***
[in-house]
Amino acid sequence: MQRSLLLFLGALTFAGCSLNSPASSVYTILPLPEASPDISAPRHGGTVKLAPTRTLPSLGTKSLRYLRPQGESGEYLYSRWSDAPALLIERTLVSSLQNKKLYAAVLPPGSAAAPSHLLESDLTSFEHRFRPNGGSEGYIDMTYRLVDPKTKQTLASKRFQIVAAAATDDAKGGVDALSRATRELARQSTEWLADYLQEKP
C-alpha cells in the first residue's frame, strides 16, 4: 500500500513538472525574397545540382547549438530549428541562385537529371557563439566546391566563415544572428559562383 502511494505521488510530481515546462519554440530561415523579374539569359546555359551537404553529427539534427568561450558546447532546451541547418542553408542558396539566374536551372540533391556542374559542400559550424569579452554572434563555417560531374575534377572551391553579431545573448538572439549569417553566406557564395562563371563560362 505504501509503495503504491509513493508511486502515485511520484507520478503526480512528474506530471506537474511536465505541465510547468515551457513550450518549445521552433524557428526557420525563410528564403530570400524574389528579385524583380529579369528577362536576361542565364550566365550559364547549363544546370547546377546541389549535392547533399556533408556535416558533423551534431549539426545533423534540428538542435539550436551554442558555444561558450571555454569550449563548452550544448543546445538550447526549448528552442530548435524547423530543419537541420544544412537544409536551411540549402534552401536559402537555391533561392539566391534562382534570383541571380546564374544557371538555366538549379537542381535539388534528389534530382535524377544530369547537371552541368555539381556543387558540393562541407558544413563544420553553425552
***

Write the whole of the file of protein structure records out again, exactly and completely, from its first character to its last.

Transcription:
[in-house]
Amino acid sequence: MQRSLLLFLGALTFAGCSLNSPASSVYTILPLPEASPDISAPRHGGTVKLAPTRTLPSLGTKSLRYLRPQGESGEYLYSRWSDAPALLIERTLVSSLQNKKLYAAVLPPGSAAAPSHLLESDLTSFEHRFRPNGGSEGYIDMTYRLVDPKTKQTLASKRFQIVAAAATDDAKGGVDALSRATRELARQSTEWLADYLQEKP
C-alpha cells in the first residue's frame, strides 16, 4: 500500500513538472525574397545540382547549438530549428541562385537529371557563439566546391566563415544572428559562383 502511494505521488510530481515546462519554440530561415523579374539569359546555359551537404553529427539534427568561450558546447532546451541547418542553408542558396539566374536551372540533391556542374559542400559550424569579452554572434563555417560531374575534377572551391553579431545573448538572439549569417553566406557564395562563371563560362 505504501509503495503504491509513493508511486502515485511520484507520478503526480512528474506530471506537474511536465505541465510547468515551457513550450518549445521552433524557428526557420525563410528564403530570400524574389528579385524583380529579369528577362536576361542565364550566365550559364547549363544546370547546377546541389549535392547533399556533408556535416558533423551534431549539426545533423534540428538542435539550436551554442558555444561558450571555454569550449563548452550544448543546445538550447526549448528552442530548435524547423530543419537541420544544412537544409536551411540549402534552401536559402537555391533561392539566391534562382534570383541571380546564374544557371538555366538549379537542381535539388534528389534530382535524377544530369547537371552541368555539381556543387558540393562541407558544413563544420553553425552